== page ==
Last weekend was my 10 Year High School Reunion. If the Liberty class of 2004 had a 5 year reunion, I was either uninformed or oblivious. This was the first reunion I’d ever heard about.
I’ve had people ask me if I was going. This post will be pretty straightforward. The answer is no. No, this former high school valedictorian would not be attending her alma mater’s reunion. 10 year or otherwise.
I think many people are surprised with the directness of this response, so I decided the topic was worthy of a blog post.
5 Reasons Why I Didn’t Attend My High School Reunion
- I am not friends with anyone from high school. I seriously don’t talk to a single person that I attended high school with. Why would I pay to go to an event full of people I haven’t talked to in 10 years. That is awkward.
- All of my friends went to different schools. From the above statement you might assume that I have no friends. This is not the case. Most of my friends attended other schools in the region (or were in a different grade), so they would not be attending this event. I’d rather spend my money traveling to see these actual friends.
- I have no fond memories to reminisce about with my fellow graduates. High school was not a pleasant experience for me. I was not popular, I was not a star athlete, I was not stylish, I did not have a boyfriend, and I did not have a car. I had my academics and my future. All of my energy and attention went into these 2 things. I viewed fun as a roadblock to success. This doesn’t make for a humorous recollection of my foolish youthfulness with my rebellious comrades.
- I do not have anyone to bring with me. The only thing worse than going to a party full of people you don’t know is doing so alone. I’m not one to sulk in singleness. I even enjoy going out to eat by myself at times. But voluntarily walking in to an uncomfortable and awkward environment all alone is just straight up unnecessary.
- I am not who I once was. Or who I once thought I’d be. I think this goes without saying. I was class valedictorian with a full scholarship to an out-of-state university and a bright and shiny future career as a naval officer. Ten years later I’m a college drop-out and single mother living with my parents. I’m not embarrassed by my life because that sentence is not how I see myself. I am a miracle whose life is full of undeserved blessings. But you can’t deny the blatant difference between my aspirations and my reality. I know that our lives rarely turn out as we imagine at age 18, but I think it’s safe to say that mine took an unusually drastic detour in the grand scheme of things.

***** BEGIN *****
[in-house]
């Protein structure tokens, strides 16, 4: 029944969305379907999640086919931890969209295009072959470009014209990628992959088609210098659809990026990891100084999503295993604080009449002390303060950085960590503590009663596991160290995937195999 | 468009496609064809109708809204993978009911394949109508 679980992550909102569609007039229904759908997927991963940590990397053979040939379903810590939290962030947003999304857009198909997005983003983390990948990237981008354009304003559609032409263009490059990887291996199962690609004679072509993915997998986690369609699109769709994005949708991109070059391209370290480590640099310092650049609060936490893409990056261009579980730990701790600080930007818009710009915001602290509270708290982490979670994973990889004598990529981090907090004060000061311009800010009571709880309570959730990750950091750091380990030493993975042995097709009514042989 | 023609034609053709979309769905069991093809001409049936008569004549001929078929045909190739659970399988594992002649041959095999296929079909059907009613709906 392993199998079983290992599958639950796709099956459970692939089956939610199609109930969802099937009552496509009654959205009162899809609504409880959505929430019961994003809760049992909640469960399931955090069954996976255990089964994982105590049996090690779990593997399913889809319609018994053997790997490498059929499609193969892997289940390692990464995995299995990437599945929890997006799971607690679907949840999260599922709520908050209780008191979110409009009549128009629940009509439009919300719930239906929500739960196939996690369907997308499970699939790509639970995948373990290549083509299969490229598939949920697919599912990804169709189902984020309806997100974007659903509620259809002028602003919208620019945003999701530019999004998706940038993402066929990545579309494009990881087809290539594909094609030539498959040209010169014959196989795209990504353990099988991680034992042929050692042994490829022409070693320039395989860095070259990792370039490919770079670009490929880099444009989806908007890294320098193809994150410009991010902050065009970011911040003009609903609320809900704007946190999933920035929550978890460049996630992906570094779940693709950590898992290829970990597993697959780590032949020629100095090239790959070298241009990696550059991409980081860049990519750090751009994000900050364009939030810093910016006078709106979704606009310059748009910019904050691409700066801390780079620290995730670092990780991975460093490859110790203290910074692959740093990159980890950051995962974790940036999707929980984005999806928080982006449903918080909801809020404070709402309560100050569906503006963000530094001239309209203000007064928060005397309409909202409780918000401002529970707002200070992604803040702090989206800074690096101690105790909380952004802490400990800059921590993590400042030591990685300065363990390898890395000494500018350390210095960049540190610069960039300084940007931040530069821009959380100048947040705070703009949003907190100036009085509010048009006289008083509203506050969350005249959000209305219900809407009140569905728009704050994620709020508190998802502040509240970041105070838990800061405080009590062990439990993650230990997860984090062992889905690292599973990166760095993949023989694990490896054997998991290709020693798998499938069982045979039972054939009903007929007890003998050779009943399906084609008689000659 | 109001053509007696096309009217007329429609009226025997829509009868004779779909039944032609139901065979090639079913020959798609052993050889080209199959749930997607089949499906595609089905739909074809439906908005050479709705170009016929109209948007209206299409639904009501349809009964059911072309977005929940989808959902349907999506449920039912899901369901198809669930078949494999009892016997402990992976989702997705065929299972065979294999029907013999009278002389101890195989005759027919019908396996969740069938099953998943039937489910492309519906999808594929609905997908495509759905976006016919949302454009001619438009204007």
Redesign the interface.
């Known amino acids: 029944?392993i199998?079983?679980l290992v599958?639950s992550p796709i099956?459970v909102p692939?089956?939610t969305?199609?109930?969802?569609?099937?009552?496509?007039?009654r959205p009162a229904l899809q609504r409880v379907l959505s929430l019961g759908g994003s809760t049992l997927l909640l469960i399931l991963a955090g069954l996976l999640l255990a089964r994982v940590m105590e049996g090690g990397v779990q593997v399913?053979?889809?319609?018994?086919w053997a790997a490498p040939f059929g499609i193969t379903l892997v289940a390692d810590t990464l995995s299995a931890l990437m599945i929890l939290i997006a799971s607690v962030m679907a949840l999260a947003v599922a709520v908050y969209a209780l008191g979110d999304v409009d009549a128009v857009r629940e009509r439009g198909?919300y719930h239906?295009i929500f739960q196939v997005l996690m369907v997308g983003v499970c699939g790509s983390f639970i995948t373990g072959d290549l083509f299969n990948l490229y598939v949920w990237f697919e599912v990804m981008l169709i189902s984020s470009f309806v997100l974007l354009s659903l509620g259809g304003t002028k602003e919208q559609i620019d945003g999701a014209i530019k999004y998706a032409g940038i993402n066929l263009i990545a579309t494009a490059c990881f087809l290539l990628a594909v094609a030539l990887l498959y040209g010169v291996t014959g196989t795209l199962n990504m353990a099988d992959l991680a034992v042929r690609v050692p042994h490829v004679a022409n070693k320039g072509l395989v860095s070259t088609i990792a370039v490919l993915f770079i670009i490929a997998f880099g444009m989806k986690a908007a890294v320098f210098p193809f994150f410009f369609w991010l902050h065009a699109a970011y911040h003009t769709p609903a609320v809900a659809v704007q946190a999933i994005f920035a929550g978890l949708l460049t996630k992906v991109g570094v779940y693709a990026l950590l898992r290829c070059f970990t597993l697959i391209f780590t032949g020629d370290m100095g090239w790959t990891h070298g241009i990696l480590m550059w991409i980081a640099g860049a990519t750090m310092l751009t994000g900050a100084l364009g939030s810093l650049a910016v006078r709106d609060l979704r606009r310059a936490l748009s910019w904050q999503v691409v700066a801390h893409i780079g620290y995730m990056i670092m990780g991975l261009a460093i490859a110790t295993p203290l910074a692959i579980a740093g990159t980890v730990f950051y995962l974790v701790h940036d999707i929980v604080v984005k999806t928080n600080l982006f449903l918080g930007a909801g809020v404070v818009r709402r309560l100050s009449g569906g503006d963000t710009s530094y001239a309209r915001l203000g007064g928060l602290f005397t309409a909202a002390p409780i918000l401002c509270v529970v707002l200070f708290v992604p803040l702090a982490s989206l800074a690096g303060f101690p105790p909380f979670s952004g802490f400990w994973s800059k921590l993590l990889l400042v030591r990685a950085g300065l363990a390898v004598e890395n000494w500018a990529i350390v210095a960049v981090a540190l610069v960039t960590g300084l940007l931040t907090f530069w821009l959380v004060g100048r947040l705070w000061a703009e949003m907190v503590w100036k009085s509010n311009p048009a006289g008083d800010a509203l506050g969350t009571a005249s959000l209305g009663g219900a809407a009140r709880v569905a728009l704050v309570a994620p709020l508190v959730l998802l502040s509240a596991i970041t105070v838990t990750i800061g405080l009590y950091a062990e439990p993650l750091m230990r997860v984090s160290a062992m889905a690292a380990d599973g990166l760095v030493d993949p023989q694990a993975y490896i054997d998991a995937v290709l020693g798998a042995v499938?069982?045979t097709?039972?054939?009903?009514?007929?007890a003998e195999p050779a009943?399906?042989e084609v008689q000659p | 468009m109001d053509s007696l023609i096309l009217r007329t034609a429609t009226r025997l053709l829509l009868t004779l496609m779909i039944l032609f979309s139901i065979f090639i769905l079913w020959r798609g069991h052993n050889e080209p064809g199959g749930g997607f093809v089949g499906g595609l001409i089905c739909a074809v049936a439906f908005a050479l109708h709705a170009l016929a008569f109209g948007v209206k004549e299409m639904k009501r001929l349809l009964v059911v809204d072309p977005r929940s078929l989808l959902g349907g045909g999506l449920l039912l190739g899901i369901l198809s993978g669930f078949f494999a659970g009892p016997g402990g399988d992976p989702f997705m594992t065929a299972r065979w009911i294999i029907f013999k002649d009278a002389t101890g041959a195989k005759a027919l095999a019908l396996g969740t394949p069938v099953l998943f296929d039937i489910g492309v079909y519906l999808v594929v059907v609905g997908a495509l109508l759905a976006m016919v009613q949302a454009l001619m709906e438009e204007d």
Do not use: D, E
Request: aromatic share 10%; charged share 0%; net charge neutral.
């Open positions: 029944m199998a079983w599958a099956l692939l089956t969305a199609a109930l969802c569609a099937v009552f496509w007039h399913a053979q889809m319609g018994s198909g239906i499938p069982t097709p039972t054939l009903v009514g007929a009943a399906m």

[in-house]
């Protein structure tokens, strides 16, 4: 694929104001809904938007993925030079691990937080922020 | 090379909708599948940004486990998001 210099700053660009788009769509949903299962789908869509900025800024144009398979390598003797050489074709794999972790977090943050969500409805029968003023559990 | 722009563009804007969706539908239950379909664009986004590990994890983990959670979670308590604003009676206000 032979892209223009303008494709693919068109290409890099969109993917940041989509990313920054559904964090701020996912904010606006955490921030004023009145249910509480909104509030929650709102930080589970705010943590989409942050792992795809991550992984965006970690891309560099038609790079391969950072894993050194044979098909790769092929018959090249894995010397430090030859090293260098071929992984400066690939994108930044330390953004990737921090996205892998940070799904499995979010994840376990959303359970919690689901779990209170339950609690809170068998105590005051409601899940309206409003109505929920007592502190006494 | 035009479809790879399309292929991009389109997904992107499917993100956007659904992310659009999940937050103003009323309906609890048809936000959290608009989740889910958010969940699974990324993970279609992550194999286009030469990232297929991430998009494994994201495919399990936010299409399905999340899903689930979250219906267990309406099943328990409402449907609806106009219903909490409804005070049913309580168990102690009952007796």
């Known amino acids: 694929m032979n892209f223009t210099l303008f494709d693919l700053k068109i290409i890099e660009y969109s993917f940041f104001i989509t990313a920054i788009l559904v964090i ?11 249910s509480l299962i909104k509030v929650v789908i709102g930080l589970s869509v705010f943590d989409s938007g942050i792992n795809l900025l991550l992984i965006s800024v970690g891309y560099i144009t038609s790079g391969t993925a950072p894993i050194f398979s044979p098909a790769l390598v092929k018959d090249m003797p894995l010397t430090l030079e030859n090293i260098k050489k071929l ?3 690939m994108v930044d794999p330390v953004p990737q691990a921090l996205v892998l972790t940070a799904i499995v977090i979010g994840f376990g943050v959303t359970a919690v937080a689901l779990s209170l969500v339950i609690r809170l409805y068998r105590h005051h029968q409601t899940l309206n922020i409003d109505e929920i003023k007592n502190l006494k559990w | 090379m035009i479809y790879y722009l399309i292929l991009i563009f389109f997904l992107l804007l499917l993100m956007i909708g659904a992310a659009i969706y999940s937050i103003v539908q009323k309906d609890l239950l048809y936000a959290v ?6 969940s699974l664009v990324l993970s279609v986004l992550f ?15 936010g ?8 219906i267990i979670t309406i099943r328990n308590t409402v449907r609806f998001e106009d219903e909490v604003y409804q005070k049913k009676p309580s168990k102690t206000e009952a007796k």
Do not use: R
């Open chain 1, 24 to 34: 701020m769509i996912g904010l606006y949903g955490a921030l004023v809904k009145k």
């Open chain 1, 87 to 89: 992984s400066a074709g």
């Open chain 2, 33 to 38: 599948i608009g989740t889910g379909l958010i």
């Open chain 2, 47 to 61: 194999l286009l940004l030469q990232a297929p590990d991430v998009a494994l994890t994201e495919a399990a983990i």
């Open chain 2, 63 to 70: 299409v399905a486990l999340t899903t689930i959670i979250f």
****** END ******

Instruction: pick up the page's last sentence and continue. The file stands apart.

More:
I am not embarrassed by my present reality, but neither do I deny it. Why would I place myself in a position of having to justify my life to a room full of faces I can’t remember and people I don’t know? Why would I pay money for that kind of torture?
I’m not bashing the idea of a high school reunion because, for most people, they are truly something special. A time to reunite with long-lost friends and laugh at countless memories. But I don’t have friends and I don’t have memories. I probably would have come home from the reunion drenched in tears.
I feel a little bit guilty because there are people who can’t attend their high school reunions. They’d love to meet up with old friends, but live too far away or believe the venue to be inconvenient. I could go if I wanted to, so it saddens me that there are those who can’t. But to them I’d say this: treasure your memories, for they are far more precious than you know them to be.
We each have different life experiences, so we each tend to treasure different aspects of life. It doesn’t mean that one of us is wrong, it means we’re unique. Life would be boring if we all loved high school and the potential for a reunion. So whether high school memories bring you laughter or tears, know that you are not alone.